What to do When a Child Chooses to Live With an Ex Spouse

For children, especially younger ones, divorce can be confusing, painful and a cause for guilty feelings. Many children are under the impression that the divorce is because of them. Not only is their routine disrupted, but also the support they felt with both parents around is now gone.

In some cases, especially those where the parents live a significant distance apart, the child can find him or herself spending a majority of time with one parent. At some point, the child may choose or express a desire to live with the other parent, presenting both the child and the custodial parent with additional challenges.

For parents facing a situation where a child asks to live with a former spouse, Stephanie Burchell, a marriage and family therapist, suggests that parents keep the following points in mind.

  • Don't badmouth the other parent. The child loves both parents. For one parent to present the other parent as the "bad" one is unfair and can cause even more stress.
  • Cover your legal bases. In most divorce cases, one parent is legally appointed the custodial guardian. When a child leaves that parent to live with the other, make sure that parent can sign for things such as school trips or medical consent forms.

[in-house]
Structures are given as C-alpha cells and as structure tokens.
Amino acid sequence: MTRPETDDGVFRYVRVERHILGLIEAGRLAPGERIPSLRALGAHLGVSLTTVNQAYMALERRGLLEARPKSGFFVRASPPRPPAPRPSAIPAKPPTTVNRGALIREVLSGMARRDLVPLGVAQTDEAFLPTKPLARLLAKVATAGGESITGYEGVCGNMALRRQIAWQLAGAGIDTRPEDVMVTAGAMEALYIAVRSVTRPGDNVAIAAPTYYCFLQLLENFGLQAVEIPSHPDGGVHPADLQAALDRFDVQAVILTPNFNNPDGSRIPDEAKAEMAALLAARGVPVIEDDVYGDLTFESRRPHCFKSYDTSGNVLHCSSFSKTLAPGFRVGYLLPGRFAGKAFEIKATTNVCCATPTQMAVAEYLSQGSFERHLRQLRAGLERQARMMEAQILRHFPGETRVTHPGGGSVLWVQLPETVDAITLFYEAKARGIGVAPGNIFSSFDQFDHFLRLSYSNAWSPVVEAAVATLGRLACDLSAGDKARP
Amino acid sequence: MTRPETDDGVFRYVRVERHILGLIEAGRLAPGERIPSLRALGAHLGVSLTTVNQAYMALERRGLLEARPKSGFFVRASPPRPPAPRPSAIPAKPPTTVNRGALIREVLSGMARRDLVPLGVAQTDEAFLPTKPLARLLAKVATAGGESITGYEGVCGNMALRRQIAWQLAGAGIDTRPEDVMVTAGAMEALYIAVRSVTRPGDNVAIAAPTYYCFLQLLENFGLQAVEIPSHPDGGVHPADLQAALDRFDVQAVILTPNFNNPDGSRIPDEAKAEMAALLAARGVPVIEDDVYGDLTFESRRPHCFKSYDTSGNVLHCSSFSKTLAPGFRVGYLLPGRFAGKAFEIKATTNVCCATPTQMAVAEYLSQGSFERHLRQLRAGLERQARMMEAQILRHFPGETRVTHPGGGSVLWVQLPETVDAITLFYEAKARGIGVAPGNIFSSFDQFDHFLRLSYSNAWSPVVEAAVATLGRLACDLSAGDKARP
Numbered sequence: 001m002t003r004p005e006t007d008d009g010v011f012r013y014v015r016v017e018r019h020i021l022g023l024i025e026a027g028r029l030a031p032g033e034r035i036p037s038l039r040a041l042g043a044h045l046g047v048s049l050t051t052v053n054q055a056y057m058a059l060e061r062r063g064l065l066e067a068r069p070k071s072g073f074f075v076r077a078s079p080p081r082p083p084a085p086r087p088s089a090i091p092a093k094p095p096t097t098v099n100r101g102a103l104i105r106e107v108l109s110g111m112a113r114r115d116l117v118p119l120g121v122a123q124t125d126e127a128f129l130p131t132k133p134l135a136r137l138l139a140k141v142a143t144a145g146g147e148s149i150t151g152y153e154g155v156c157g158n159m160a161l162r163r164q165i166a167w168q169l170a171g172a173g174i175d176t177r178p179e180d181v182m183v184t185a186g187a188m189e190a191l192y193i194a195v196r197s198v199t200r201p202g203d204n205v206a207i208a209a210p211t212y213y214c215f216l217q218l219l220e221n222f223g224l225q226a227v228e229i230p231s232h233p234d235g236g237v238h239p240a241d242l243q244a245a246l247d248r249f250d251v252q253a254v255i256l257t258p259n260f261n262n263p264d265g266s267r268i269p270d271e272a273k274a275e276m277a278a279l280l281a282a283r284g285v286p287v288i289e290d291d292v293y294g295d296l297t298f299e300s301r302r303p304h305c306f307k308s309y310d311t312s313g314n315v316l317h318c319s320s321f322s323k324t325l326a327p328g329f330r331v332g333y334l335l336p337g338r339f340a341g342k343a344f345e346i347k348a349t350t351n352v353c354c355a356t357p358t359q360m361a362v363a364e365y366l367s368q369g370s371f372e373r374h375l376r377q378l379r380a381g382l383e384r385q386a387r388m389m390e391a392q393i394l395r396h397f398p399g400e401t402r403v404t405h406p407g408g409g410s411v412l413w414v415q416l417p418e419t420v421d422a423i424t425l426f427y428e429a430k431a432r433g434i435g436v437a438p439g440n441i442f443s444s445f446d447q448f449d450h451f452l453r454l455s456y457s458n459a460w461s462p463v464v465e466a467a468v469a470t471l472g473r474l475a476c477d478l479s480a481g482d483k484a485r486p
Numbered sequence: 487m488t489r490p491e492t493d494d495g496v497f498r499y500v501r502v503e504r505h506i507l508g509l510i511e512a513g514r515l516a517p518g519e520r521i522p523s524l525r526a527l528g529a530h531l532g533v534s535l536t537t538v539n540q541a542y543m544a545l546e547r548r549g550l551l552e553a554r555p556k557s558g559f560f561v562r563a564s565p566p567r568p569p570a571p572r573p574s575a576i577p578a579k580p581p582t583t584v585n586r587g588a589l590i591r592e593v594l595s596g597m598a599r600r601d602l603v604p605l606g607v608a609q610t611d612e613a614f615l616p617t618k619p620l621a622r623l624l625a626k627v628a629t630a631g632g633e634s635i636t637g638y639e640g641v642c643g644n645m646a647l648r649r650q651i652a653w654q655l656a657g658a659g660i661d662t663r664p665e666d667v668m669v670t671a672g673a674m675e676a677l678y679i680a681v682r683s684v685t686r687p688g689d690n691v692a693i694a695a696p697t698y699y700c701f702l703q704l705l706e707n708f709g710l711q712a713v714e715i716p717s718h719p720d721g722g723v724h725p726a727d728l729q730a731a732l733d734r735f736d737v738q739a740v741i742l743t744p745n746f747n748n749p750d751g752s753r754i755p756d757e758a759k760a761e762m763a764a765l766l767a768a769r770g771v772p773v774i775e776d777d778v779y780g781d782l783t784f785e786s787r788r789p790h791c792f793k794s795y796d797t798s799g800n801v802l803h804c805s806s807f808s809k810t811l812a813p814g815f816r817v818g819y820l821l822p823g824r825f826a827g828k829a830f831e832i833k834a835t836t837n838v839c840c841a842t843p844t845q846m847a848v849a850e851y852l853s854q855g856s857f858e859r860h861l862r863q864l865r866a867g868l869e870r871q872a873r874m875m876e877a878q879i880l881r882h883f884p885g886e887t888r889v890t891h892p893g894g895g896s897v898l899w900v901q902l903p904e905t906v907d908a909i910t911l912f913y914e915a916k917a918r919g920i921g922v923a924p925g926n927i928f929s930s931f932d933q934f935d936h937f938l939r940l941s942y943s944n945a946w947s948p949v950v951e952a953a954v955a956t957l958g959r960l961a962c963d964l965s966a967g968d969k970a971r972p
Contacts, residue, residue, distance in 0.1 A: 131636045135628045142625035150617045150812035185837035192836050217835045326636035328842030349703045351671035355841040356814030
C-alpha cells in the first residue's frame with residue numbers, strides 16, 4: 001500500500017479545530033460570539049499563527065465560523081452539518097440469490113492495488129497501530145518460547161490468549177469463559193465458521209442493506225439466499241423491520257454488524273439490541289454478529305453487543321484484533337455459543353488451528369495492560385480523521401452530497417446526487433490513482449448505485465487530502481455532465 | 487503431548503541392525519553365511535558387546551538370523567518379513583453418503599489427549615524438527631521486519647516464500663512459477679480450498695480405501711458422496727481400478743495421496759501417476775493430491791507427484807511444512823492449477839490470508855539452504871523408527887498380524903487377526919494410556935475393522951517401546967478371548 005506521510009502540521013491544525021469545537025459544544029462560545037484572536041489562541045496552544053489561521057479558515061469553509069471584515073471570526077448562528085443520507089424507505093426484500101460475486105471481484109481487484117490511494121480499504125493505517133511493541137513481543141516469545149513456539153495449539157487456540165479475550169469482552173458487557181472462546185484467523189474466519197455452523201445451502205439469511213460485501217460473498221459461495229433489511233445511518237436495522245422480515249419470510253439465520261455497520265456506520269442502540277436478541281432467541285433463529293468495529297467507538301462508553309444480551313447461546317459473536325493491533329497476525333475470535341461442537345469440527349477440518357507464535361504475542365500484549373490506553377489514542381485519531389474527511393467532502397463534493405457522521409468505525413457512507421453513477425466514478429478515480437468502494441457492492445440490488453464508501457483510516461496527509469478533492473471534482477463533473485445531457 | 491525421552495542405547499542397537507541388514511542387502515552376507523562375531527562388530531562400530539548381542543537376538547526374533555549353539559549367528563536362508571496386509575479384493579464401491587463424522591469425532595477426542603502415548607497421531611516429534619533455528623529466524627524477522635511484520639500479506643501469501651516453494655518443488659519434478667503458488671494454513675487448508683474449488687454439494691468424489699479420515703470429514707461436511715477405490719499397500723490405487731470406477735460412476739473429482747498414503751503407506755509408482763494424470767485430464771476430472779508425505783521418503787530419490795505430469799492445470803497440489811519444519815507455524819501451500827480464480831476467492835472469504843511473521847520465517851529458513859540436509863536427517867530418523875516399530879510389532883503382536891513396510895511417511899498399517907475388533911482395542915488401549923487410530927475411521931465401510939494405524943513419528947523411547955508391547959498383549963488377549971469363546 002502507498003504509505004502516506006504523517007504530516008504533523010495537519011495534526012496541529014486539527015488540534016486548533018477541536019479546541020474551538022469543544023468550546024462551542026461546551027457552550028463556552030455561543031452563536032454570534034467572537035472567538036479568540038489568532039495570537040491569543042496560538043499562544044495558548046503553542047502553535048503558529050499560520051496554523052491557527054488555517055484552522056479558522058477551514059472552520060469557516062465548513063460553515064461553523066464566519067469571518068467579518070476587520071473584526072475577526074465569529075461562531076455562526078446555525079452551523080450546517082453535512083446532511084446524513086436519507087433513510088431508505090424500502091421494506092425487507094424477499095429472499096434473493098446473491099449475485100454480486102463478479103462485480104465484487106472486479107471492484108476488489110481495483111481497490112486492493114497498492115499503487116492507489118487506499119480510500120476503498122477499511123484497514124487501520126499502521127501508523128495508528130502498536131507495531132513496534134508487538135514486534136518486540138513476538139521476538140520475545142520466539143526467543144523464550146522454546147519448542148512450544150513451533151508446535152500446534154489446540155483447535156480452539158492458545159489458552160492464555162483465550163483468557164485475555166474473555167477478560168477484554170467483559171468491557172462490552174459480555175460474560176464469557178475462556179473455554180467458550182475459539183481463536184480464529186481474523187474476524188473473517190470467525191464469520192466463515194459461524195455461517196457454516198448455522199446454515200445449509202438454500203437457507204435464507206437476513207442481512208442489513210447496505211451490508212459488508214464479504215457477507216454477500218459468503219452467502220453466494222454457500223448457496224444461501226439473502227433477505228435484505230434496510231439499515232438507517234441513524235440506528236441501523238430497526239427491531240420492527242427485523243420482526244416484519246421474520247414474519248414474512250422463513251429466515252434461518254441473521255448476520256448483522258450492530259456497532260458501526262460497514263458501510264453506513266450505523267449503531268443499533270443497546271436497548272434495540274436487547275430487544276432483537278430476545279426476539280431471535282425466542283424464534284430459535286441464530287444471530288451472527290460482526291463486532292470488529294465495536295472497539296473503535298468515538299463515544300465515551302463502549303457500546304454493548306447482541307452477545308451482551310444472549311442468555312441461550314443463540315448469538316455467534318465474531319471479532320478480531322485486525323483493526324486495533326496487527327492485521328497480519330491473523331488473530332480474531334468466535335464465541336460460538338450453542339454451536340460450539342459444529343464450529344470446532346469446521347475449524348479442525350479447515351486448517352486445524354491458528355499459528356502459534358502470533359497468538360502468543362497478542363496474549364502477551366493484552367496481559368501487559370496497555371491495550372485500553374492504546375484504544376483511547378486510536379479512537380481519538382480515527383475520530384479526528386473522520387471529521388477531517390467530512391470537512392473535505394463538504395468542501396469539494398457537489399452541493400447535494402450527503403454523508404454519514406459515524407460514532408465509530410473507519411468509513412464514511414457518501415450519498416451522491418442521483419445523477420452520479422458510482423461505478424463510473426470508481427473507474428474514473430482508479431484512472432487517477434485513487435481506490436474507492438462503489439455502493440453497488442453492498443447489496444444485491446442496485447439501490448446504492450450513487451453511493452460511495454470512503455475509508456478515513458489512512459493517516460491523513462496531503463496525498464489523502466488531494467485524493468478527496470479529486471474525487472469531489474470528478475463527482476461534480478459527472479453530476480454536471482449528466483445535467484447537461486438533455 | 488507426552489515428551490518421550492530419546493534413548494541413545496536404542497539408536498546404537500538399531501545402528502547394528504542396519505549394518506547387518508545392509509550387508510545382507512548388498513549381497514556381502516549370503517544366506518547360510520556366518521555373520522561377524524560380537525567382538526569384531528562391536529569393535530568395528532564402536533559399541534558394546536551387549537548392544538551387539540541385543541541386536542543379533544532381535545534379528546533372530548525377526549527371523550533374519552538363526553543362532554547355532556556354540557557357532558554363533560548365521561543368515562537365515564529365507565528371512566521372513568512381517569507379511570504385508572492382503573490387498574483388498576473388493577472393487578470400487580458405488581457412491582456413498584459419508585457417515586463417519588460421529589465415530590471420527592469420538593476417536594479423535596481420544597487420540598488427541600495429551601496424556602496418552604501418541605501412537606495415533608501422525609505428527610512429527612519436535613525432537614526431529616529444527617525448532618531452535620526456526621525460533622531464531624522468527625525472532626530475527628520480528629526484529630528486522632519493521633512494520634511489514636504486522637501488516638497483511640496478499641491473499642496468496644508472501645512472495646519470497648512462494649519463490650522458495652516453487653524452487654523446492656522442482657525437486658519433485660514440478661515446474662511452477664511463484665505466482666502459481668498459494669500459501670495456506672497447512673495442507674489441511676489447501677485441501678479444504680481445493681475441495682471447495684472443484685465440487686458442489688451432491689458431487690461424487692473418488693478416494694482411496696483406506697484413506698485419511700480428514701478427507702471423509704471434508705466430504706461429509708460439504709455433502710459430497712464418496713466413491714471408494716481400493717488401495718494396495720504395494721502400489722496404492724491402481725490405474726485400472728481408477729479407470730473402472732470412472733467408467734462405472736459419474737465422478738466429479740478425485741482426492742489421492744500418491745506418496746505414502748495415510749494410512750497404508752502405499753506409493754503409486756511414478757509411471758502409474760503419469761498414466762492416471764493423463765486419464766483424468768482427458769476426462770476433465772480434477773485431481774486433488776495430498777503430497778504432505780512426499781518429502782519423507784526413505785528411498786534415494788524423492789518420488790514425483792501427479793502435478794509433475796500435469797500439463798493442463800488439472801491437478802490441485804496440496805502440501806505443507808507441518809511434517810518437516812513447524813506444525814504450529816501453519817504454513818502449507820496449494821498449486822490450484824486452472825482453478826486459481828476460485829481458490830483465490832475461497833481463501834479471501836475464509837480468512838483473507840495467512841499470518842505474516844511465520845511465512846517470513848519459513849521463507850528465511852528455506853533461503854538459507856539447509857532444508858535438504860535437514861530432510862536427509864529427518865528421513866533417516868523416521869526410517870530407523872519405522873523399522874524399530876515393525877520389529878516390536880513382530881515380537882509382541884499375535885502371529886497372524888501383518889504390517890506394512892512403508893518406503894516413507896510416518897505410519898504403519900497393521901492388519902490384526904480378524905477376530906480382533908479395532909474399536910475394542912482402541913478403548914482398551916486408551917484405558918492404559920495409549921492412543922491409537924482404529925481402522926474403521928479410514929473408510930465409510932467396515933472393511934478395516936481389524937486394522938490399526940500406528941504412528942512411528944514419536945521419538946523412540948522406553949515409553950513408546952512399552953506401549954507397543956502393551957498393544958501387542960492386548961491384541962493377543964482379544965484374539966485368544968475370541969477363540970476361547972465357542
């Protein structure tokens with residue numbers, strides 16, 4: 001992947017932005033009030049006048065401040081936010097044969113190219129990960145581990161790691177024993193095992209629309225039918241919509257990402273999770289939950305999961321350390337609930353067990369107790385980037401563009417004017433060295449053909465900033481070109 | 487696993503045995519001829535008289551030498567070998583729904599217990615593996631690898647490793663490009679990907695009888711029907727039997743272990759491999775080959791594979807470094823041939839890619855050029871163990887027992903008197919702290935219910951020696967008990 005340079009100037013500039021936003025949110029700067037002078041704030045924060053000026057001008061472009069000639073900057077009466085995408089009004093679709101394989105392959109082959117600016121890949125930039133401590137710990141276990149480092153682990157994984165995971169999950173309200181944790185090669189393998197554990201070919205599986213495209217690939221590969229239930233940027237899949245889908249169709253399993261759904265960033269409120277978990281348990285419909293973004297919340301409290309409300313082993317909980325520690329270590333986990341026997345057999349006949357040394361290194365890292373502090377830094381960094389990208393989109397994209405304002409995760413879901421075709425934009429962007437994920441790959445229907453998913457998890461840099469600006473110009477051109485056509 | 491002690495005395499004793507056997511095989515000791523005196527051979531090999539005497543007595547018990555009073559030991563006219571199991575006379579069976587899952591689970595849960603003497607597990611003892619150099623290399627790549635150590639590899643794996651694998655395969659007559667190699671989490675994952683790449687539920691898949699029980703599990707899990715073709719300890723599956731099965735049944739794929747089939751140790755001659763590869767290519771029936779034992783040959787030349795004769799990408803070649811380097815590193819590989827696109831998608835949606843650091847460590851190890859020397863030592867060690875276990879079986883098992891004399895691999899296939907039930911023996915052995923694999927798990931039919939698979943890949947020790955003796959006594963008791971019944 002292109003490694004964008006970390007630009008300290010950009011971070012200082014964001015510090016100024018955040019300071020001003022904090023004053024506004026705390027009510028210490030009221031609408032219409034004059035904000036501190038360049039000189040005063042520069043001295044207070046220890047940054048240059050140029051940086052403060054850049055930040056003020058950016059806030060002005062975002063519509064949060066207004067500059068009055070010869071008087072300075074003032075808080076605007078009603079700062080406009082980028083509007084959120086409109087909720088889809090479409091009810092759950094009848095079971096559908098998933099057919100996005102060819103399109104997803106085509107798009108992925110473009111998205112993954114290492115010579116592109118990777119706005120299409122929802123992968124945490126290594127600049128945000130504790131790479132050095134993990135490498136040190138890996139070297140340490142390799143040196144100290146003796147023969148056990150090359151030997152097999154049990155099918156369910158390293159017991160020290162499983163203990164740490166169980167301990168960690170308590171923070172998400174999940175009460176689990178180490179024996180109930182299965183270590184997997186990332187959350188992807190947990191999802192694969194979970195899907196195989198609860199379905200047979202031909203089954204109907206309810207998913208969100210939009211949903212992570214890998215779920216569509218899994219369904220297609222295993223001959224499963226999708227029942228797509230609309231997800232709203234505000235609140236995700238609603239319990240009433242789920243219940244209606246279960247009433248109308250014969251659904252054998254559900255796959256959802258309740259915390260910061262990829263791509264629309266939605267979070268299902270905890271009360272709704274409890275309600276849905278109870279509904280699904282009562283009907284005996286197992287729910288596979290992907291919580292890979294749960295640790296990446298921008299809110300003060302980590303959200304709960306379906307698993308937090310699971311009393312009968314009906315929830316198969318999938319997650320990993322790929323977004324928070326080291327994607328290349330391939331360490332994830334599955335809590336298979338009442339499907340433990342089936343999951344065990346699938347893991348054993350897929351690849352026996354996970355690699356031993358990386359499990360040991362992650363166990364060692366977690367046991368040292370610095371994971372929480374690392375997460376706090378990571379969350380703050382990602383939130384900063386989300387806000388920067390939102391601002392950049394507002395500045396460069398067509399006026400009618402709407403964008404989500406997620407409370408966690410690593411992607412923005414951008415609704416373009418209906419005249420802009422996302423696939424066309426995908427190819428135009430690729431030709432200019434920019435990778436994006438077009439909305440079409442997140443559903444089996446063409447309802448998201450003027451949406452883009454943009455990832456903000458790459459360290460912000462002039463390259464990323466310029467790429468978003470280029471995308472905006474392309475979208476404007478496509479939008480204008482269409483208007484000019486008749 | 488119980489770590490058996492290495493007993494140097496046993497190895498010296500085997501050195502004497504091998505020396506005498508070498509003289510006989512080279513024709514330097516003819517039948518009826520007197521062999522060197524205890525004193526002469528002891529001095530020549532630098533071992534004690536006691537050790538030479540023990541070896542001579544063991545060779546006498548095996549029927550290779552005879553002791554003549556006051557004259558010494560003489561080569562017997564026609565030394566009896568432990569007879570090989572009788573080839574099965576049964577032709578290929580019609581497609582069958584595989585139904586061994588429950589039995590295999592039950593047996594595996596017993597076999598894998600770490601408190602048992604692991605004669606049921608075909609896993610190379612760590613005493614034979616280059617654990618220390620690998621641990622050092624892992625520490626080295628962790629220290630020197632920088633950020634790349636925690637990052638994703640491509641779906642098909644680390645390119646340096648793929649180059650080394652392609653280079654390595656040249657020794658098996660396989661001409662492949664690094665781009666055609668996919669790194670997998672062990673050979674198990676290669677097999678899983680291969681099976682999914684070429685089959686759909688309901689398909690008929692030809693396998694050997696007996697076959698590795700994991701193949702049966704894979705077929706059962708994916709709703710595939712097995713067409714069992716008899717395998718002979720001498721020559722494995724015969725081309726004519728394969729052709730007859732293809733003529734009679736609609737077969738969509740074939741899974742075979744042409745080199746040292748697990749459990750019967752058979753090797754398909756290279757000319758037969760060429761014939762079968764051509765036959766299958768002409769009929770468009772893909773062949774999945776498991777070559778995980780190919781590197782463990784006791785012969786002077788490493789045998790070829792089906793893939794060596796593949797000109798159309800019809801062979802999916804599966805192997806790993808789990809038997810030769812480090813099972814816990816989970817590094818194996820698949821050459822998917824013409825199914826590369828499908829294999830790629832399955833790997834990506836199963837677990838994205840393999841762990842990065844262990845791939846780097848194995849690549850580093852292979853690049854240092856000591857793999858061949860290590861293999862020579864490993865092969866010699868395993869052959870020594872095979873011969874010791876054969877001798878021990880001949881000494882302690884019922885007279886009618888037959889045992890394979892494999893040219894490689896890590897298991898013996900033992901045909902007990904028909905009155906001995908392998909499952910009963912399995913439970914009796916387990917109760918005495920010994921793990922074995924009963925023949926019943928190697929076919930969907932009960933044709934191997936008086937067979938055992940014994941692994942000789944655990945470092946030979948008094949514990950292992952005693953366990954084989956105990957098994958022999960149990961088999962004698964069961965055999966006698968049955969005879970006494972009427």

• Recognize the other parent's importance. When a couple divorces, they are divorcing themselves but not the child. Let the child know that the other parent loves them and is an important part of their life.
  • Remain active in the child's life. Simply because the child has gone to live with the other parent doesn't mean you give up your rights. Stick to a visitation schedule so that your child has both parents involved in his or her life.

Additionally, it's important to understand why a child might want to live with the other parent. For younger children, the threat of living with the other parent could be a form of manipulation and a way to test boundaries. It is important in this case to keep firm with any punishments or restrictions. Anything less can be detrimental to your child and the relationship with your former spouse.

In some cases, however, there may be some underlying problem, especially when the request to move comes during a calm time in the child's life. Similarly, with older children and teens, talk it out. Sometimes money is involved ("Dad lets me buy stuff mom won't"), while other times the simple act of experiencing both households is the desire.

In any case, if you feel the move would be harmful to the child, whether because of abuse or other issues, fight for your rights. Working with an attorney experienced with family law issues can help ensure that your rights as a parent and your child's best interests are both protected.